June is usually the worst month in Albuquerque and other parts of the Southwest. Temperatures hit their peak, while the monsoon rains are still weeks away from providing at least some temporary cooling. At times like this, people tend to flee to the various mountain getaways. From Albuquerque, popular destinations within a day’s drive (or less) include Taos and surrounding communities, as well as places in Southern Colorado like Durango and Pagosa Springs.
About four hours drive to the west, however, is Flagstaff, a lovely little mountain town that sits at 7,000 feet, more than high enough to avoid the stifling temperatures that make the rest of Arizona unbearable in the summer. Flagstaff is also a town with a bustling brewing scene, making it the type of vacation destination that all of us in the Crew can agree upon. Unfortunately, I was the only Crew member with the time off who was able to trek 320 miles on I-40 to give Flagstaff a proper review. Here is what you need to know if you, too, feel like you need to escape the heat but still want some quality craft beer.
I’m listing the places in the order I visited them. Four are within easy walking distance of one another, and there are plenty of hotels in that area. There is also one excellent, hidden beer store for on your way out of town, you can stop there and pick up all the beers that aren’t distributed here in New Mexico.
Historic Brewing, 4366 E. Huntington Dr., Bldg #2
Hours: Weds-Fri 4-9 p.m., Sat-Sun 2-7 p.m.
One of the newer breweries in town, Historic is located in an industrial area near the first exit off I-40 as you come into town traveling from east to west. Just get off at the exit, take a left onto the I-40 business route/Route 66 and head west until you get to Fanning, then take a left there, cross the train tracks, and take another left onto Industrial, which turns into Huntington as it curves to the south. Historic will be visible on the right side.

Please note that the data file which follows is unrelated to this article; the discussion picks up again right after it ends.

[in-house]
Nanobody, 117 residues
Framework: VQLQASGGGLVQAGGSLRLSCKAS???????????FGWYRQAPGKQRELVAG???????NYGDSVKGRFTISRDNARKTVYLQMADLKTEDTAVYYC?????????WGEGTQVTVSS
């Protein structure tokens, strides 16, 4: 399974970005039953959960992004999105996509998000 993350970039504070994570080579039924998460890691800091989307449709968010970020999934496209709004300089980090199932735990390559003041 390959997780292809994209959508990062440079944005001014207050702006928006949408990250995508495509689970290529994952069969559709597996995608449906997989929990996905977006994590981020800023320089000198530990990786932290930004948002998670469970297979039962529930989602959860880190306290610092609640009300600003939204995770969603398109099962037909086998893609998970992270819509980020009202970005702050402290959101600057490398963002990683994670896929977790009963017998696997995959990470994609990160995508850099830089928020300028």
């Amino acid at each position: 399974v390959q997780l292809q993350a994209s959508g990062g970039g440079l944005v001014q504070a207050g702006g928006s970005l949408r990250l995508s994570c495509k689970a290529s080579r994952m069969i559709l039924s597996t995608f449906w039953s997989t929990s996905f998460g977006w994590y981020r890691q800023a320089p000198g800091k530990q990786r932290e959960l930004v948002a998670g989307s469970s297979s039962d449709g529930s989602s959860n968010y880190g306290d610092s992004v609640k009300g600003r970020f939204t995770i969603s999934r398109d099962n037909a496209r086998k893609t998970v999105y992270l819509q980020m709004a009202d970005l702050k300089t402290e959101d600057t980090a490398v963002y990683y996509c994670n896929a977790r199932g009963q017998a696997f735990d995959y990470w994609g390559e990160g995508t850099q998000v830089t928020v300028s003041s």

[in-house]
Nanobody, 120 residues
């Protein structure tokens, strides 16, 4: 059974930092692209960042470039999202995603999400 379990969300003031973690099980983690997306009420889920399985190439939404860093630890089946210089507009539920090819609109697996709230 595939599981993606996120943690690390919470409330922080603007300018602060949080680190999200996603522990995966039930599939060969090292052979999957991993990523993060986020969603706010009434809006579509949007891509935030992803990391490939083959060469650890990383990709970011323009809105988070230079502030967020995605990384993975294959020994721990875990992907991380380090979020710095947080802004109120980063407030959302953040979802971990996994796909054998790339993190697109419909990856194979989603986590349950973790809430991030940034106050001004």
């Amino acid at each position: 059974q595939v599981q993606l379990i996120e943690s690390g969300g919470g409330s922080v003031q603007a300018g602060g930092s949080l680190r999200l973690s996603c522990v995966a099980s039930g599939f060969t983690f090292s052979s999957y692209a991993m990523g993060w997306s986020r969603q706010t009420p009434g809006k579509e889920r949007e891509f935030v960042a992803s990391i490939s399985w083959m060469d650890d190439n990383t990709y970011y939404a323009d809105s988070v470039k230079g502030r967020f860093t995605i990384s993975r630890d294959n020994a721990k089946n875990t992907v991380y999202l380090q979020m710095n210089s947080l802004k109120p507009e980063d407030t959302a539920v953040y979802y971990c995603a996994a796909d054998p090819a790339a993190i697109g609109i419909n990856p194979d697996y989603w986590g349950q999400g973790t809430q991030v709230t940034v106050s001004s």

The beer selection is somewhat limited, but there is quality here. Their Everyday Special pilsner was sweeter and more flavorful than most of its genre. It almost tasted more like a Kolsch-style ale. On the inventive side, they had Funkin’ Go Nuts, a coconut dunkelweizen. It was heavy on the coconut, maybe too much so, but it was fairly unique. The Joy Ryed had a great rye aroma, but lacked flavor. The Piehole Porter, a cherry-vanilla porter, was too sweet for some, but I thought it hit all the right notes. Their popular Deer Lord altbier was out when I visited, which was a shame.
Wanderlust Brewing, 1519 N. Main St., #102
Hours: Thurs-Fri 4-9 p.m.
The smallest brewery in Flagstaff, Wanderlust has very limited hours, but its beer can be found at other locations (distribution is almost a requirement for breweries in Arizona, unlike in NM, where many just brew in-house). It’s a short, easy drive west on Route 66 from Historic. Just be careful not to miss it, Main St. does not have a red light. It’s between the lights for 1st Ave. and Arrowhead, just take a right and you’ll see folks on the patio that extends into the parking lot on the left (west) side of the street in a small little strip mall-type structure. There’s even a small gym next door for people to work up a thirst.
As one would expect, the beer menu was pretty small. The flagship beer is 928 Local, a saison (!) that checks in at 8-percent ABV. It has a good saison flavor without that barnyard funk that turns off many people (myself included) to the style. There was also Chateau Americana, a Belgian pale ale that’s heavy on the Cascade hops, giving it a very potent, citrus-like flavor that was a bit much for me. For dessert, get a pint of Pan American Stout, which was light in mouthfeel but had a good flavor from its coffee and vanilla elements. They usually try to keep one beer available on nitro, but the Chateau Americana’s flavor was almost completed muted when served this way.